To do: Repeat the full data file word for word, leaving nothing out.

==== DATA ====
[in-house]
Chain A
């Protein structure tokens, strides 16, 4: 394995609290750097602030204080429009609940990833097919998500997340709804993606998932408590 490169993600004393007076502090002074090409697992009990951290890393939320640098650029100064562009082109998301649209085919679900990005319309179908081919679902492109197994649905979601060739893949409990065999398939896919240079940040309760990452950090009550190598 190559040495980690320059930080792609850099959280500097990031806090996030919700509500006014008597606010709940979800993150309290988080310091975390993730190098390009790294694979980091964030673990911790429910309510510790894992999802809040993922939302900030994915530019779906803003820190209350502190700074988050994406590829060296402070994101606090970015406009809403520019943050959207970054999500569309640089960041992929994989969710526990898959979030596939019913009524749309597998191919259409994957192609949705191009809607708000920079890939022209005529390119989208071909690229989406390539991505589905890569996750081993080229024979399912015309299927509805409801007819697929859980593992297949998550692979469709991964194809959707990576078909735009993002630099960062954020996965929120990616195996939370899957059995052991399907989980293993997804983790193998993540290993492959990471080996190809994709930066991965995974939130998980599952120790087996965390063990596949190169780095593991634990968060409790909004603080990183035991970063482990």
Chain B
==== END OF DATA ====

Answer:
[in-house]
Chain A
């Protein structure tokens, strides 16, 4: 394995609290750097602030204080429009609940990833097919998500997340709804993606998932408590 490169993600004393007076502090002074090409697992009990951290890393939320640098650029100064562009082109998301649209085919679900990005319309179908081919679902492109197994649905979601060739893949409990065999398939896919240079940040309760990452950090009550190598 190559040495980690320059930080792609850099959280500097990031806090996030919700509500006014008597606010709940979800993150309290988080310091975390993730190098390009790294694979980091964030673990911790429910309510510790894992999802809040993922939302900030994915530019779906803003820190209350502190700074988050994406590829060296402070994101606090970015406009809403520019943050959207970054999500569309640089960041992929994989969710526990898959979030596939019913009524749309597998191919259409994957192609949705191009809607708000920079890939022209005529390119989208071909690229989406390539991505589905890569996750081993080229024979399912015309299927509805409801007819697929859980593992297949998550692979469709991964194809959707990576078909735009993002630099960062954020996965929120990616195996939370899957059995052991399907989980293993997804983790193998993540290993492959990471080996190809994709930066991965995974939130998980599952120790087996965390063990596949190169780095593991634990968060409790909004603080990183035991970063482990």
Chain B